The metacerebral giant (MCG) neurons of the mollusk Pleurobranchaea have been analyzed using a wide range of methods (cobalt staining, histochemical, biophysical and electrophysiological) on several types of preparations (isolated nervous systems, semi-intact preparations, and behaving whole-animal preparations). The MCG is serotonergic. The bilaterally-symmetrical neurons have somata in the anterior brain. Each MCG neuron sends an axon out the ipsilateral mouth nerve of the brain and also into the ipsilateral cerebrobuccal connective which descends to the buccal ganglion. The descending axon sends one or more branches out most buccal nerves. The MCG makes mono- and polysynaptic chemical excitatory and inhibitory connections with identified feeding motoneurons in the buccal ganglion. In quiescent preparations (isolated CNS or semi-intact), MCG stimulation caused coordinated eversion activity followed immediately by withdrawal activity. During an ongoing feeding rhythm (spontaneous output or induced by stimulation of the stomatogastric nerve), tonic stimulation of one or both MCG's at physiological discharge frequencies typically caused a significant increase in the frequency of the rhythm, and usually emphasized the eversion component at the expense of the withdrawal component. Phasic stimulation of one or both MCG's at physiological discharge frequencies and in normal discharge patterns (bursts; see below) accelerated and phaselocked the feeding rhythm. The MCG neurons receive synaptic feedback from identified neurons in the feeding network. Brain motoneurons are reciprocally coupled with the MCG by non-rectifying electrical synapses, while buccal ganglion neurons (the previously identified corollary discharge neurons) inhibit the MCG. Recordings from the MCG during cyclic feeding show that it discharges cyclically and that its membrane potential oscillates in phase with the feeding rhythm, presumably reflecting the above synaptic feedback. Two biophysical properties of the MCG membrane, namely anomalous rectification and postspike conductance increase, are presumed to contribute to the MCG's oscillatory activity. Chemosensory (food stimuli) and mechanosensory inputs from the oral veil excite the MCG's. In whole-animal preparations, these sensory inputs typically cause discharge in the MCG's and other descending neurons, accompanied by feeding motor output. The data collectively suggest that the MCG's of Pleurobranchaea are members of a population of neurons that normally function to command (i.e., arouse, initiate and sustain) the rhythmic feeding behavior. The demonstrated central feedback to the MCG is presumed to amplify these command functions.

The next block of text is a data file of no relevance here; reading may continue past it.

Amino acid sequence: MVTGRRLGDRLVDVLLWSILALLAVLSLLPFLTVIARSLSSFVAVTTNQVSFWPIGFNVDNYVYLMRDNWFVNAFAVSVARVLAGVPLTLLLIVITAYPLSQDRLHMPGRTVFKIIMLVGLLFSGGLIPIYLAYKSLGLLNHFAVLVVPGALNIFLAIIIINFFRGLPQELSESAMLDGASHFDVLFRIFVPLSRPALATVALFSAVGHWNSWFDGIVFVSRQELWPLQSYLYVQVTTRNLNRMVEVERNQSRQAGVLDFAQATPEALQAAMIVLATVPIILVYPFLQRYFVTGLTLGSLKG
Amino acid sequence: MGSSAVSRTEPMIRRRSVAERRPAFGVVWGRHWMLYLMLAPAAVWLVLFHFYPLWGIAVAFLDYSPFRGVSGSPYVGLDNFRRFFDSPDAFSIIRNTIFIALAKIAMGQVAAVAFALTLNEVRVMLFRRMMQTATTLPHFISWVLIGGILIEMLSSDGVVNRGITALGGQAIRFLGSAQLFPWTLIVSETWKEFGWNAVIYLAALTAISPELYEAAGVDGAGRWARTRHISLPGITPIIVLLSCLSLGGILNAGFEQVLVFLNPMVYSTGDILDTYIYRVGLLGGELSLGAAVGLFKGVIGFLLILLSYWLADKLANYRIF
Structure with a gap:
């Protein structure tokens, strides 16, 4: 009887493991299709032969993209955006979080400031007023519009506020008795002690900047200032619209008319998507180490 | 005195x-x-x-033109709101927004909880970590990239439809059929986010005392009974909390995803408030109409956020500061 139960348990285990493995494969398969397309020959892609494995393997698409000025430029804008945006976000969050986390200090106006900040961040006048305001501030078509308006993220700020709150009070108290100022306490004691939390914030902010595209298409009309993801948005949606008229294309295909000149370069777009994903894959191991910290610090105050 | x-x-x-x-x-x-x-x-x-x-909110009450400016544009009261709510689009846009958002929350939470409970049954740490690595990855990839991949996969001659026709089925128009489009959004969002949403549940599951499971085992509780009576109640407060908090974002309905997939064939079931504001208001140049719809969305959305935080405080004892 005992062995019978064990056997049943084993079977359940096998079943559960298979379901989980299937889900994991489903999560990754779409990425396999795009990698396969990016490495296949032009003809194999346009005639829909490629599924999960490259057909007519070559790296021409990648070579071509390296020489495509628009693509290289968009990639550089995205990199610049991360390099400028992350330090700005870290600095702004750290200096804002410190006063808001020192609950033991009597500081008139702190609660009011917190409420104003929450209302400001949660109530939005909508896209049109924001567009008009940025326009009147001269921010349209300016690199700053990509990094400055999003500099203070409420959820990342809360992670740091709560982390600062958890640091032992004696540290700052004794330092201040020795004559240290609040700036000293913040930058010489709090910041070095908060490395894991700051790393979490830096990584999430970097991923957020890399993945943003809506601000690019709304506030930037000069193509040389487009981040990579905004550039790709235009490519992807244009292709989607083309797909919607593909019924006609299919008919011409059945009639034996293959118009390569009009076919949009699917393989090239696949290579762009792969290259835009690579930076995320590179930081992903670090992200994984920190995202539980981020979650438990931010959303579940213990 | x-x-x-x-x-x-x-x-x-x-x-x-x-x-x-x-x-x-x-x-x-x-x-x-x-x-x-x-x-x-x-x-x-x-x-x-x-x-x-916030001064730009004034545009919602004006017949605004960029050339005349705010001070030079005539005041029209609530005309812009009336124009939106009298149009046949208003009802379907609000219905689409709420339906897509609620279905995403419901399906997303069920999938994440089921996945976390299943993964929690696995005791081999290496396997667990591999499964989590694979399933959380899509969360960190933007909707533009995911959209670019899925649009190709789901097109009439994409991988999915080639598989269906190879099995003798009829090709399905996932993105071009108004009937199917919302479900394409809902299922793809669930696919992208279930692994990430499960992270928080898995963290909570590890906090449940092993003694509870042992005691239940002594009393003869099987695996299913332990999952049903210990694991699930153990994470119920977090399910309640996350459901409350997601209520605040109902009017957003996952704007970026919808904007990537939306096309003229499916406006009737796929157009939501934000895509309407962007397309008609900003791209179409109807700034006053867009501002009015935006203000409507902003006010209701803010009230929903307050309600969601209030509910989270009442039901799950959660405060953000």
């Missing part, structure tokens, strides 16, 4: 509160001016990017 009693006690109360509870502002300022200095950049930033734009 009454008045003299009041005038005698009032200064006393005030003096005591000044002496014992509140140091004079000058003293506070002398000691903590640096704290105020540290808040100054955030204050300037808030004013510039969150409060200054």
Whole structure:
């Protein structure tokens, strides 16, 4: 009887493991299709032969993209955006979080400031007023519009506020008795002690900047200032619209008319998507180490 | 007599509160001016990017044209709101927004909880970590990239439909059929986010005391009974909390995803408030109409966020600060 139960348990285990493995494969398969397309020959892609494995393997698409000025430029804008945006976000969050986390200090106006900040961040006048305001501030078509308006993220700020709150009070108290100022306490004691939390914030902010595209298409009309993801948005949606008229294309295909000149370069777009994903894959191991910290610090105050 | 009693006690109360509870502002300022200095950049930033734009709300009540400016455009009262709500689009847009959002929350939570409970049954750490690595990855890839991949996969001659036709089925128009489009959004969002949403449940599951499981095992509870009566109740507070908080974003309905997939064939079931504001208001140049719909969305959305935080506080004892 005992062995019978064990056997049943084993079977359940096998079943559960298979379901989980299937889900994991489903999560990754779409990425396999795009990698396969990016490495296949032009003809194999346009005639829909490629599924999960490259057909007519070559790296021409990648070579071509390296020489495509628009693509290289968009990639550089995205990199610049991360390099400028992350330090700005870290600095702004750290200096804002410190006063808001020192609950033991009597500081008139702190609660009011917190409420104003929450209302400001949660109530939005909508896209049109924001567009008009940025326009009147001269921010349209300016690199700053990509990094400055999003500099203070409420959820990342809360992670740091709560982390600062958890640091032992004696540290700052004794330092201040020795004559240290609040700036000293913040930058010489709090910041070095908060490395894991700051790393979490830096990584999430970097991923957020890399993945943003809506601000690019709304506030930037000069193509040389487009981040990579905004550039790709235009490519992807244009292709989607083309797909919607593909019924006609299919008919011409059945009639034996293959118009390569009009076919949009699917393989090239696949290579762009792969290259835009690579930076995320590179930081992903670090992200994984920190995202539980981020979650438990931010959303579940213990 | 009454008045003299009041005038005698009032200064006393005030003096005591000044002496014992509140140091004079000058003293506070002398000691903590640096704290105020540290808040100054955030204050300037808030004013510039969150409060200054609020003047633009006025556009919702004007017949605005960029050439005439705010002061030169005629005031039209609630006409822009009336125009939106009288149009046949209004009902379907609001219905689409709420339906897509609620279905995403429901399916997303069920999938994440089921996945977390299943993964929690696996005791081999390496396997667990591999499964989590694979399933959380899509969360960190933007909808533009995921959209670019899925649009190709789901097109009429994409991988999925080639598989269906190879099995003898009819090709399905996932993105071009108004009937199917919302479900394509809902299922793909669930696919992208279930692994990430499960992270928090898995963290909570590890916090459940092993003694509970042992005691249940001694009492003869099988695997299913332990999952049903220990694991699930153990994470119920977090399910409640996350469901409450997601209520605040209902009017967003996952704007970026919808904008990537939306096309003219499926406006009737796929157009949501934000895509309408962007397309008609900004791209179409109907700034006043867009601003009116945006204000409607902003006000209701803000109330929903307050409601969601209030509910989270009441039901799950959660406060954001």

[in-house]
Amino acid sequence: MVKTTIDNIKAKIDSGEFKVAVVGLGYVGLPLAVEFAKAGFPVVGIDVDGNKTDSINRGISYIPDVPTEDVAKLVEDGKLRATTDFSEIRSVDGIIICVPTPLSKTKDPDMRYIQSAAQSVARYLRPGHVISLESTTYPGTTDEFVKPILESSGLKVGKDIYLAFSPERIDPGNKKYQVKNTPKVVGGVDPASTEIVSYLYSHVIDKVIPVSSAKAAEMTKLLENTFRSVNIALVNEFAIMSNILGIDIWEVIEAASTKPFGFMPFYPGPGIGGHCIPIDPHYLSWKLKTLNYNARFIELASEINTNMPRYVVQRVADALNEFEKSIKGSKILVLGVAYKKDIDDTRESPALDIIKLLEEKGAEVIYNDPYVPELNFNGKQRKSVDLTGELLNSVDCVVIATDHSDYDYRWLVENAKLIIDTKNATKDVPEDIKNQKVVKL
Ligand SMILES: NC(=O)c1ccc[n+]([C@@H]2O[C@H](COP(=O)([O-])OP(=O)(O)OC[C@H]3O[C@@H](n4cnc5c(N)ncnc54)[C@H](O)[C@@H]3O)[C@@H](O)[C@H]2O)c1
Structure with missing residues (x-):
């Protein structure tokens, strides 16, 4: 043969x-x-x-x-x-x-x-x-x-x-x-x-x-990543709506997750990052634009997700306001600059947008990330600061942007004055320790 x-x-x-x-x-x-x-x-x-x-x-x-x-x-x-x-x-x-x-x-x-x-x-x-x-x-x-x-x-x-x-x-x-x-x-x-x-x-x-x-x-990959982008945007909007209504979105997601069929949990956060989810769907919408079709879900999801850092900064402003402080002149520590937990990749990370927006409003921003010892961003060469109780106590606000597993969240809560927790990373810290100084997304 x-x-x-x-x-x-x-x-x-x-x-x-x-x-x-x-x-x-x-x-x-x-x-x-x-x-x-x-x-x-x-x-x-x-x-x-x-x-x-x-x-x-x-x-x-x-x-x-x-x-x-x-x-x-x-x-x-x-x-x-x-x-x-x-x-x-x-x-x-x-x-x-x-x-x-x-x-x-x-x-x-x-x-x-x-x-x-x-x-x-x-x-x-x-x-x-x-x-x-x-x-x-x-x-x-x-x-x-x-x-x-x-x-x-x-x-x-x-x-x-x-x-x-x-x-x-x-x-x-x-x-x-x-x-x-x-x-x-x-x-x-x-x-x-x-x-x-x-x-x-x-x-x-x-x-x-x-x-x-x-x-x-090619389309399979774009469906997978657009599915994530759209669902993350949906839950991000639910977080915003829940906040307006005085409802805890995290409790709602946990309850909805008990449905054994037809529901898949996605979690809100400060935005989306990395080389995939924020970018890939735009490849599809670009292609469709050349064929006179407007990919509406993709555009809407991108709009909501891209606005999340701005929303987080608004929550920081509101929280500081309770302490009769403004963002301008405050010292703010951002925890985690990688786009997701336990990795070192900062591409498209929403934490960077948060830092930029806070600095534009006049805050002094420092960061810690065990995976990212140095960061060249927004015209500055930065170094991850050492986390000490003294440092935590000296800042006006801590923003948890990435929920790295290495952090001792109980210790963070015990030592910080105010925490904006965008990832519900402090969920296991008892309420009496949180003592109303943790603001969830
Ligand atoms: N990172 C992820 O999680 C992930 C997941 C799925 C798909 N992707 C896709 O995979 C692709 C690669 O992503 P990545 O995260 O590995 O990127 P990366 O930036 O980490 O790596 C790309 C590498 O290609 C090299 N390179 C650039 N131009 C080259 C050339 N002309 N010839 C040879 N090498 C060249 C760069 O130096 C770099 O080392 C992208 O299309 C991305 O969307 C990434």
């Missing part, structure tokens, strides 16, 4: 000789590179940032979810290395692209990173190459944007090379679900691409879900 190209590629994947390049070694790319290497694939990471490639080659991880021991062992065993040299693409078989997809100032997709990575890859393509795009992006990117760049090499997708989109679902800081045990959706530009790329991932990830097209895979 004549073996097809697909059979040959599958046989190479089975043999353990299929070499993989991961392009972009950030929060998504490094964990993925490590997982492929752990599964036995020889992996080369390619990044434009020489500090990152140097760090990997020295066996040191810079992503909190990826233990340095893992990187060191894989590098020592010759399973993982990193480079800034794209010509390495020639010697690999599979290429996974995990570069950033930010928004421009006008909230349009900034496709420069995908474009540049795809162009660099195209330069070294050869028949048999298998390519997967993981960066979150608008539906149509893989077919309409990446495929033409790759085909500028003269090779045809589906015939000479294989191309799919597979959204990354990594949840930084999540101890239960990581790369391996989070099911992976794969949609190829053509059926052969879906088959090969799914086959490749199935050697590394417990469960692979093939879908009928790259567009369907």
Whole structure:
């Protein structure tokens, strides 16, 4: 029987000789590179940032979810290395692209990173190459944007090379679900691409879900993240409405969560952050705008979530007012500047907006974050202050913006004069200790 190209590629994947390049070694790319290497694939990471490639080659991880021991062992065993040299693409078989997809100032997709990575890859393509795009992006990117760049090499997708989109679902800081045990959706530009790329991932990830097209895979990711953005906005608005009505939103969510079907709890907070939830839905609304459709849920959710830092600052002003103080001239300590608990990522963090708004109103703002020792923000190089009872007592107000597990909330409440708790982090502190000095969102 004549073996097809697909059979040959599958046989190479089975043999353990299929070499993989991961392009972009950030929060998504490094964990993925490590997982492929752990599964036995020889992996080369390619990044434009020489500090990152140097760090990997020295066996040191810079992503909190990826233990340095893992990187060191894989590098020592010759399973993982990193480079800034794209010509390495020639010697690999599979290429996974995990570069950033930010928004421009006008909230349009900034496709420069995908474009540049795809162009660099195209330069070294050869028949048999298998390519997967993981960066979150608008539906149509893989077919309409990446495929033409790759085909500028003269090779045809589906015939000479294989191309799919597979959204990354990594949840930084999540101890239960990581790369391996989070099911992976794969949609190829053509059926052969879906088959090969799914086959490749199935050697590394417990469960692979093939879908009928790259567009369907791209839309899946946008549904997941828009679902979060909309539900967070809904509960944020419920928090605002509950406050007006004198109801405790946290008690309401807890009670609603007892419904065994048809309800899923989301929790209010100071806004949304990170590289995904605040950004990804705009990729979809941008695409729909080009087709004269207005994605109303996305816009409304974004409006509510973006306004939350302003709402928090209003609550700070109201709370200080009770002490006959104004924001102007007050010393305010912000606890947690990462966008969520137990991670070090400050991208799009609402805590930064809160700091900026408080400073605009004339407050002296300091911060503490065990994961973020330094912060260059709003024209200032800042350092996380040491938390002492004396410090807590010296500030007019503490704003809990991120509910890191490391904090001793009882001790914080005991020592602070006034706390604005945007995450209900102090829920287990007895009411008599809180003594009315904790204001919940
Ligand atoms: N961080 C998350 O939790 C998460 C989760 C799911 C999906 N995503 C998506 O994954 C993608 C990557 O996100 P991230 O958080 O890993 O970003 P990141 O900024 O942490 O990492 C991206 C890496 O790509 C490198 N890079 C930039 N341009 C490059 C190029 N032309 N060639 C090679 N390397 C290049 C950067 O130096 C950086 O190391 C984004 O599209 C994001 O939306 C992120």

ASJC Scopus subject areas
- Ecology, Evolution, Behavior and Systematics
- Animal Science and Zoology
- Behavioral Neuroscience